Facebook, Instagram And User Privacy: Is WhatsApp Doing Better?
By Seun Olaniyan
App business is still a chain of complexities mainly due to constant misrepresentations, false personalities, swindling, cyber-crimes, bullying and privacy infringement by known and unknown third-parties. Facebook is grappling with most of this at the moment. The same misnomer applies to Instagram, the photo-heavy / pictures-focused social platform acquired by Facebook. Although the complexity and misnomer are being gradually addressed, Facebook Incorporation especially, cannot guarantee 100% privacy protection for its users on the social network.
Facebook has 2.38 billion followers as at the first quarter of 2019, while its sister company, Instagram enjoys the mass followership of about 1 billion worldwide. For platforms with such an enormous audience, phishing activities and parody from scammers and spammers are always not unexpected. The question is how best can Facebook clamp down on these activities to maintain sanity for other genuine users?
The founder of facebook, Mark Zuckerberg’s, goal is to create a common social networking ground through which people across the world could relate boundlessly. Apparently, he didn’t foresee that his dream would come off as quickly as it did. Today, the social app built and acquired, later, by the Harvard drop-out, has made a significant impact in the lives of billions of people globally. In fact, it is the new reality.
Meanwhile, shortly after acquiring Instagram and Whatsapp, Zuck’s empire was hit by a crisis. This was back in 2018 when the Cambridge Analytica fiasco erupted.
Thanks and no thanks to the whistle-blower, Christopher Wylie. Facebook was plunged into deep waters over allegations of the illicit harvesting of personal data of over 50 million of its users by Cambridge Analytica in the run up to 2017 US Presidential election.
Indeed, the revelation wreaked tremendous havoc on Facebook Inc. Market cap plummet about 20%, leading to a loss of over $119bn. A group of users also shunned the social media app. The Independent, published in the UK reported that “Over one million daily and monthly European users have stopped logging into Facebook”.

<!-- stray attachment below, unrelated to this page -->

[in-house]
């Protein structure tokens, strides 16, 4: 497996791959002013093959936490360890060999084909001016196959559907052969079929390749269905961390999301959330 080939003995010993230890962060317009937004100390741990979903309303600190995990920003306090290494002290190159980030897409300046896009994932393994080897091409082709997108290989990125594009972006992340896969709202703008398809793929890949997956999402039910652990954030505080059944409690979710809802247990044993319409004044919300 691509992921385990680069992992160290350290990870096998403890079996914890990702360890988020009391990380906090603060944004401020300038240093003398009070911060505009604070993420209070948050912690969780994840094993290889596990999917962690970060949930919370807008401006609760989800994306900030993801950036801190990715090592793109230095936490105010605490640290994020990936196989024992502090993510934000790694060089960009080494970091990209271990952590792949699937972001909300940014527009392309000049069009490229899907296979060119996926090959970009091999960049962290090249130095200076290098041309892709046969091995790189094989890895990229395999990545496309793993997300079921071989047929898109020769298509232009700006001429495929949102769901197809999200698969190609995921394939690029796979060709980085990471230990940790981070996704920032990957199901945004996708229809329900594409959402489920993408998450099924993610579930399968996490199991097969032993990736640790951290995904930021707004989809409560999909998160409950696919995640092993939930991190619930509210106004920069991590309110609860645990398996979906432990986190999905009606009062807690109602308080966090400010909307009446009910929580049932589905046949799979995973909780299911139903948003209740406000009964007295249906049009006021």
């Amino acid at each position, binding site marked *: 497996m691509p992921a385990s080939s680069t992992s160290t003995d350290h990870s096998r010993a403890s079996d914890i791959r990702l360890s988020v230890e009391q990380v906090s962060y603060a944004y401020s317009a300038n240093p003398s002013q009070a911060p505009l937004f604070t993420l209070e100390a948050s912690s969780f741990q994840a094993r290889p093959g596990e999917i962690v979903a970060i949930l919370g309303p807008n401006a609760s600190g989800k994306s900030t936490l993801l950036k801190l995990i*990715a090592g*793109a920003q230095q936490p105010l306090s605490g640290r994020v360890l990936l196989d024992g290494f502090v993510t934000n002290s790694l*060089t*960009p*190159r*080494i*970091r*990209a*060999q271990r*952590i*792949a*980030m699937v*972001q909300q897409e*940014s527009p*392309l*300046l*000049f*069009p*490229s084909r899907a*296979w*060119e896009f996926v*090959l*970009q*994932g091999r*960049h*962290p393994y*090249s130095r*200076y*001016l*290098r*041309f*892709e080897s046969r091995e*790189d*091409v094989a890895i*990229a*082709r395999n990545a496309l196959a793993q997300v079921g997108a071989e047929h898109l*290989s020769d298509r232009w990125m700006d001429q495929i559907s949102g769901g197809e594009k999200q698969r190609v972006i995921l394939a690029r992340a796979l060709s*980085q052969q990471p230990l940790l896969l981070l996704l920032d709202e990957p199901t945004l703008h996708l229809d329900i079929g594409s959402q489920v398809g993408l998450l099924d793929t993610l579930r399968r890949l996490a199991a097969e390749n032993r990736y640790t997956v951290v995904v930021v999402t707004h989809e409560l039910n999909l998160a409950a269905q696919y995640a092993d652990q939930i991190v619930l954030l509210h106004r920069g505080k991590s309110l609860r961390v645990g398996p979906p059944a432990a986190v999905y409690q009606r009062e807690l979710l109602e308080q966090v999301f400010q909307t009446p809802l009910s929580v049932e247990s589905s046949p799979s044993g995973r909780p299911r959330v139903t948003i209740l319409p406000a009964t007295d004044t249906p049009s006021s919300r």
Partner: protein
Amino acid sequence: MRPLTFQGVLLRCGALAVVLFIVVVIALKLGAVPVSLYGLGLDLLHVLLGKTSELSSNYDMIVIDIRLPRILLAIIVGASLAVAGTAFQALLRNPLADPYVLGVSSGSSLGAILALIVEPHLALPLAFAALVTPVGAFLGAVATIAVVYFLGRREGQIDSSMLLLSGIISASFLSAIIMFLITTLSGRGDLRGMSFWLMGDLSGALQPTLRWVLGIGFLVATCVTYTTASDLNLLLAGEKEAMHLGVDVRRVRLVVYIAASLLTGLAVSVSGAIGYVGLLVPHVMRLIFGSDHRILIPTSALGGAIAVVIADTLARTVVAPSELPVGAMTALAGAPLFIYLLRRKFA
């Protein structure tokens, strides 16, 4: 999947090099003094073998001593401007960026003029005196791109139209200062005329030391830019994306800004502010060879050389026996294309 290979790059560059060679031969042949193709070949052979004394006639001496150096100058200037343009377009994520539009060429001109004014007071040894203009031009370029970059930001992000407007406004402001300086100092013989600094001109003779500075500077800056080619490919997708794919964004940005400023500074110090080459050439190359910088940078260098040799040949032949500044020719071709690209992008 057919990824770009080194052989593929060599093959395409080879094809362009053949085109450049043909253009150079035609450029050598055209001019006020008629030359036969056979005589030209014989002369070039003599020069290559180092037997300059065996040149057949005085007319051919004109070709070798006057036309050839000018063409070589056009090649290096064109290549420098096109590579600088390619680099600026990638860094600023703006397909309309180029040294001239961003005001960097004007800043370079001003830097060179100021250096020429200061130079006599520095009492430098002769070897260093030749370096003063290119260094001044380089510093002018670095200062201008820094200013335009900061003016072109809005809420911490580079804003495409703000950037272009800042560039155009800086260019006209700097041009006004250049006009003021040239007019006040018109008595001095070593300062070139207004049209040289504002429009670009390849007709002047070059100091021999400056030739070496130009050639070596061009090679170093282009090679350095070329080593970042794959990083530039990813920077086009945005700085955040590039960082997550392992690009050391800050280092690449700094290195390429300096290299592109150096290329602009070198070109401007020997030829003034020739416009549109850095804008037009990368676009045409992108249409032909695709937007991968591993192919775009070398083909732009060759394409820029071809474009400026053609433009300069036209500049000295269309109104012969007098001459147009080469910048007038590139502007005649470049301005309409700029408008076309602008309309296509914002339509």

Some other negative impacts of the saga include: defamation, bad publicity, distrust, the #DeleteFacebook campaign, and summon by the US Congress. The hurt to the brand and corporate damage can only be imagined.
Despite Mark Zuckerberg’s effort to reduce the damage, being on the hot seat of Congress and being viewed live across the world testifying to events around Facebook, deepened the effect of the saga. The business is still mopping the mess. Facebook continues to tighten security around these platforms. Now, what about WhatsApp?
The Holy Grail?
Facebook Inc. claims it has put in place a lot of security measures to protect consumers’ data starting with the acquisition of WhatsApp, a messaging app that features an end-to-end encryption.
WhatsApp’s end-to-end encryption ensures privacy and protection for users. The app also censors access to users information, even by the owner company, WhatsApp itself.
However, WhatsApp is not bereft of loopholes. Like its new owner, it faces the same dilemma. The spread of fake news via Whatsapp threatens social cohesion and corporate goodwill. There are many instances where false information sometimes regarding a particular product and fake news are being pushed (shared) across groups on the messaging app. This is damaging. It also tells what a destructive weapon the app can be in the hands of mischief-makers if not quickly regulated. For instance, the recent hoax that affected a food manufacturer has led the messaging platform to engaging a team of scientists who help nip the problem of fake news.
Aside misinformation and aggravation of social tension, inauthentic users can break into the platform and cause severe damage.
One thing is sure, though, Whatsapp is arguably the most discreet of the trio. Facebook remains a better platform for connecting with old-time family and friends, while Instagram might also be a better platform to showcase brands, products, and services.
Notably, WhatsApp is ahead in the quest for users’ security by requesting the users to register their SIM, and upload contacts. The uploading of users contacts unto the app server may seem to pose a threat to privacy, yet the twin-processes limit the intrusion of robots, and discourage criminals.
To make matters more interesting, WhatsApp has other applications that are suitable for different purposes. Take WhatsApp Business for example. The app features tools that help automate, sort and respond to messages in due time.
With a total of over 1.5 billion users, the joint population of Africa and America, Whatsapp is more accessible and affordable for the common man.
It is a fact that publicity on Facebook and Instagram are more efficient but customer trust and loyalty is also evident on WhatsApp, as a result of the user-data privacy features that filter impostors.
Having x-rayed the loopholes around social network apps, it is clear that the apps are indispensable at this point for businesses and the common citizens. However, one thing is sure, there are no ‘holy grail’ when it comes to social media networks. Complete security and privacy on any social network app may continue to be elusive at least for a while.